Loneliness and Those Who Can't Understand

It’s 22:57, I have been in bed for 57 minutes, for all of those 57 minutes I have felt uncomfortable and creepy.

Guess what? It’s a restless legs syndrome (RLS) night again.

Laying in bed with the dog snoring her head off in an "easy come, easy go" manner, she is all stretched out. Luckily, she doesn’t know how much I envy her! Belle doesn’t suffer from anything other than "Where’s my food?" and "When can I sleep?"

RLS is something she knows nothing about. Lucky girl.

New bed, same problem

Then there’s my husband. I may have mentioned him a few times so far. He of the new bed! It’s not like a new bed would solve my issues though. RLS doesn’t really matter if you're lying down or standing up. It’s not something you can argue with, barter with, or sell your soul to for a bit of peace once in a while. I’d happily sell my soul right now for a decent night's sleep. I’ve forgotten what unbroken sleep feels like.

Oh, to sleep like a child again!

Remember when you were a child? You’d cry and complain when your parents put you to bed, but 12 hours later you’d wake up, full of the joys of spring, totally refreshed!

These days I just drag my butt out of bed with the same enthusiasm I dragged it into bed 12 hours earlier!

Lonely nights

Do you have a partner who understands your plight? I don’t. They don’t understand the loneliness of 3 a.m. Nobody else is awake. You're pacing the house trying to be quiet so as to wake anyone.

You use your mobile phone to communicate with the world outside your 4 walls. You make acquaintances and have a laugh. Then you use your phone a little too much for your partner's liking. He complains about you always being on your phone! The thing is, your world is now inside that phone.

Connected through technology

When the internet started making a huge dent in our lives, I was struggling with loneliness then. Chat rooms filled the hole in my life, leading to a few rash, family-destroying decisions.

Once RLS raised its ugly head, technology had been compacted into mobile phones, able to be taken anywhere. This meant we could keep in contact with our friends 24/7, which helps when you do not have someone at home that understands your symptoms. You can find others that can sympathise without thinking you are over exaggerating or faking symptoms.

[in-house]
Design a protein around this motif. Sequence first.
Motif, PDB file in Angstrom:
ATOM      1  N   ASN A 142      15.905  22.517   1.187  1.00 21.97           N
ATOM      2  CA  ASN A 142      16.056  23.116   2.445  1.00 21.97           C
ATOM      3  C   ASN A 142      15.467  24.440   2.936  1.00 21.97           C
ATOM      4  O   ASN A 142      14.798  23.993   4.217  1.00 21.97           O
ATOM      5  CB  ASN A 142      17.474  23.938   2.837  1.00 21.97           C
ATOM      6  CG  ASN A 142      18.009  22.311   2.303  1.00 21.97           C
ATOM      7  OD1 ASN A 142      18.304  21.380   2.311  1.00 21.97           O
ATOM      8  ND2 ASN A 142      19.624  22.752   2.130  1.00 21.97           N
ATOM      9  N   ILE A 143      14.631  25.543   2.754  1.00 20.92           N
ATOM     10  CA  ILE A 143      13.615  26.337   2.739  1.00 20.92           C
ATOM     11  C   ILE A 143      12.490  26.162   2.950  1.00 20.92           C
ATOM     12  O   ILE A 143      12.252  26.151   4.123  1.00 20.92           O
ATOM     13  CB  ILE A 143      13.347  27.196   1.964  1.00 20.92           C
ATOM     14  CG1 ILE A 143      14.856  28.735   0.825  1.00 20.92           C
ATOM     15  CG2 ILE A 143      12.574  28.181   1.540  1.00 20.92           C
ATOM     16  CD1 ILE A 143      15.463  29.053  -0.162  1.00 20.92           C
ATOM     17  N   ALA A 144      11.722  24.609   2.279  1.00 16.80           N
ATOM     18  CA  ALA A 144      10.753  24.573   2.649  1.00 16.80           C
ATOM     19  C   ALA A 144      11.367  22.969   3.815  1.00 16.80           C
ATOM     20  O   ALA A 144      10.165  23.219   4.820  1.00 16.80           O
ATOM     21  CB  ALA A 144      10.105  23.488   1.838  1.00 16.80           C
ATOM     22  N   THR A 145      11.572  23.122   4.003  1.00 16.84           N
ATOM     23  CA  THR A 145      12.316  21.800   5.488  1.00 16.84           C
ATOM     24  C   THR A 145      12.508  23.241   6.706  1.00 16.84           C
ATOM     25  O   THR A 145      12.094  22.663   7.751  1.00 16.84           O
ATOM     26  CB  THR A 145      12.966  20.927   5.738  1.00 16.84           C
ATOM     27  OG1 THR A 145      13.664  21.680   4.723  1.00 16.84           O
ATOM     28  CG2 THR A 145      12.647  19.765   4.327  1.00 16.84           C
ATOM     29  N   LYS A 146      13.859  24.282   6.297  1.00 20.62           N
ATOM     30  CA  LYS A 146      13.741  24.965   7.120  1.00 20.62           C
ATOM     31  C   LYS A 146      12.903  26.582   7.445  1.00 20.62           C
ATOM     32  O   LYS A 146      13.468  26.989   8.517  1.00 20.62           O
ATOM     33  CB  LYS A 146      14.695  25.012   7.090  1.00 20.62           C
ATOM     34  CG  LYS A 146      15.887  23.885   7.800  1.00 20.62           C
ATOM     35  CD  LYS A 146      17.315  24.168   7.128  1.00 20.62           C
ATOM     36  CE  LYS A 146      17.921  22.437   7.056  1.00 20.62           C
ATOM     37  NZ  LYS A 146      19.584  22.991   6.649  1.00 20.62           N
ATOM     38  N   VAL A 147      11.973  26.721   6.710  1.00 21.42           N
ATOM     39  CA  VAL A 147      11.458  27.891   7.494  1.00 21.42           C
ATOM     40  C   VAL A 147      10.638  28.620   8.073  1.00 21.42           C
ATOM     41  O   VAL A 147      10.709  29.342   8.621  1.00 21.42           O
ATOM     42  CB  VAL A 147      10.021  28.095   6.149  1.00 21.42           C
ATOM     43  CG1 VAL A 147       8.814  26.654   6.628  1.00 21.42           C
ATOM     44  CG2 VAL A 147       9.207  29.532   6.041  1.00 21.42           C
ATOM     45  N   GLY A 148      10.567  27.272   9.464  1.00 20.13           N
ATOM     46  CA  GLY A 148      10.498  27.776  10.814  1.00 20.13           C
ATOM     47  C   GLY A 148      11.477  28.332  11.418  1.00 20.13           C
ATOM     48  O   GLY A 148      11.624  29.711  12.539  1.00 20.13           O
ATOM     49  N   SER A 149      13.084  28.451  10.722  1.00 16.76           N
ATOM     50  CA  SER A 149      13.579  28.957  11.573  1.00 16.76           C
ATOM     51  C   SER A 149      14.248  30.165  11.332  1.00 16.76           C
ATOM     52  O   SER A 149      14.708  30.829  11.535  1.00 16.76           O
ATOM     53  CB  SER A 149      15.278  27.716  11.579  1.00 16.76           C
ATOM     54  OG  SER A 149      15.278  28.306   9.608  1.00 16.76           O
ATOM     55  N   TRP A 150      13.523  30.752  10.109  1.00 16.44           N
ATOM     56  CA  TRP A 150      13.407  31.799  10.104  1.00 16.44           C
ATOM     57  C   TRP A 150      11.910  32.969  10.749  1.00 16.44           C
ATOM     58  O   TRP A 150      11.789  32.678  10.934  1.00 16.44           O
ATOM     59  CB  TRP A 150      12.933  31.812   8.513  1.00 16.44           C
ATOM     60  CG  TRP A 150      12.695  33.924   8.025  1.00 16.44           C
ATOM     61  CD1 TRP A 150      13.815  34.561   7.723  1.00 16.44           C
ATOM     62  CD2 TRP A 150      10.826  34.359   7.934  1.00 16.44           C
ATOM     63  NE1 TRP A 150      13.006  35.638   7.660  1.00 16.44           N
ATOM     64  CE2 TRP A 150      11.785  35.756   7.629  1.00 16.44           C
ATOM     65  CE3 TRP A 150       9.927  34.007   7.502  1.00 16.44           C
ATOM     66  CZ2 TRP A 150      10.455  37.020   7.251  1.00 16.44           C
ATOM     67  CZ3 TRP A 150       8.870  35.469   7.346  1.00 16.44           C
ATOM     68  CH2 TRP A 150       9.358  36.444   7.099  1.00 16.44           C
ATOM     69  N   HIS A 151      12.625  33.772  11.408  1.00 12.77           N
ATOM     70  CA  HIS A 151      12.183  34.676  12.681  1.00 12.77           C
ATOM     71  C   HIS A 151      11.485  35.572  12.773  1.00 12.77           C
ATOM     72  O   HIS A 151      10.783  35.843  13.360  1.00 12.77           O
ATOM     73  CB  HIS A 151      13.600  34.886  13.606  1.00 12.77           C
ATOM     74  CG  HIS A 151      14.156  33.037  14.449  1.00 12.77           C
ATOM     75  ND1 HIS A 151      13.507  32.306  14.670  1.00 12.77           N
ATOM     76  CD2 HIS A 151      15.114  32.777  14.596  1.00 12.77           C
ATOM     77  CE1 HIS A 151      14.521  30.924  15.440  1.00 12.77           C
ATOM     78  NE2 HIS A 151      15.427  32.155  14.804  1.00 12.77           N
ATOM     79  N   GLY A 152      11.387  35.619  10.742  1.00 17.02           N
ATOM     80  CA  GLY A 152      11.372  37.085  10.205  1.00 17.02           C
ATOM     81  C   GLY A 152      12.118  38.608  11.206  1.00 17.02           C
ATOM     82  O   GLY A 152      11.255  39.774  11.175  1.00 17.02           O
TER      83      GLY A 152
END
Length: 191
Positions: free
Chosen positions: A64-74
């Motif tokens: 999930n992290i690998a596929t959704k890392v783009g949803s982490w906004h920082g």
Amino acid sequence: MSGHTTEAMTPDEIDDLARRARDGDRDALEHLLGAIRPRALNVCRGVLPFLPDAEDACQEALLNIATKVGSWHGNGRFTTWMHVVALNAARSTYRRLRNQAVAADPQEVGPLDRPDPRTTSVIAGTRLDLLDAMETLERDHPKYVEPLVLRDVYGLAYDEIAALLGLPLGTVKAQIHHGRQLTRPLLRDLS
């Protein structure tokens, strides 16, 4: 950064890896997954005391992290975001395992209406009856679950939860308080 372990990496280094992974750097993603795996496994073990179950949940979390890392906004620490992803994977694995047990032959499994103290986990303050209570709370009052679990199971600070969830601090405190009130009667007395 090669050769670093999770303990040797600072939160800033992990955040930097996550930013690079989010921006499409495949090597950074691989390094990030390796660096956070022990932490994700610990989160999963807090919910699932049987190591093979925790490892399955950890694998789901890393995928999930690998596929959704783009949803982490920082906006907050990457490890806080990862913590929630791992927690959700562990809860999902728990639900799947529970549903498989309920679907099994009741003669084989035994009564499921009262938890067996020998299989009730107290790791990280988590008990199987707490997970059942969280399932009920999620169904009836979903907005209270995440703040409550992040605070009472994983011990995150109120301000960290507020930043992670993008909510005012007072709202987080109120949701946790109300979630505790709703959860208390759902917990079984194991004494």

How to support a partner who has RLS

Try and keep control of the green-eyed monster when your other half is discussing weird sensations online with someone you don't know. They are simply trying to make sense of a condition that may be new to them or thrashing out a condition they have suffered from for years.

Or better still, read some blog posts. Speak to others who have the same condition. Buy a book. Educate yourself so your partner doesn't have to find solace from someone else.

If we all cared enough to find out about each other's conditions, then there wouldn't be people out there in awful states of mental health, in my honest opinion.

Do people in your life understand RLS? Where do you find support? Has technology helped you find greater connection? Share with us in the comments below.

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This article represents the opinions, thoughts, and experiences of the author; none of this content has been paid for by any advertiser. The RestlessLegsSyndrome.Sleep-Disorders.net team does not recommend or endorse any products or treatments discussed herein. Learn more about how we maintain editorial integrity here.

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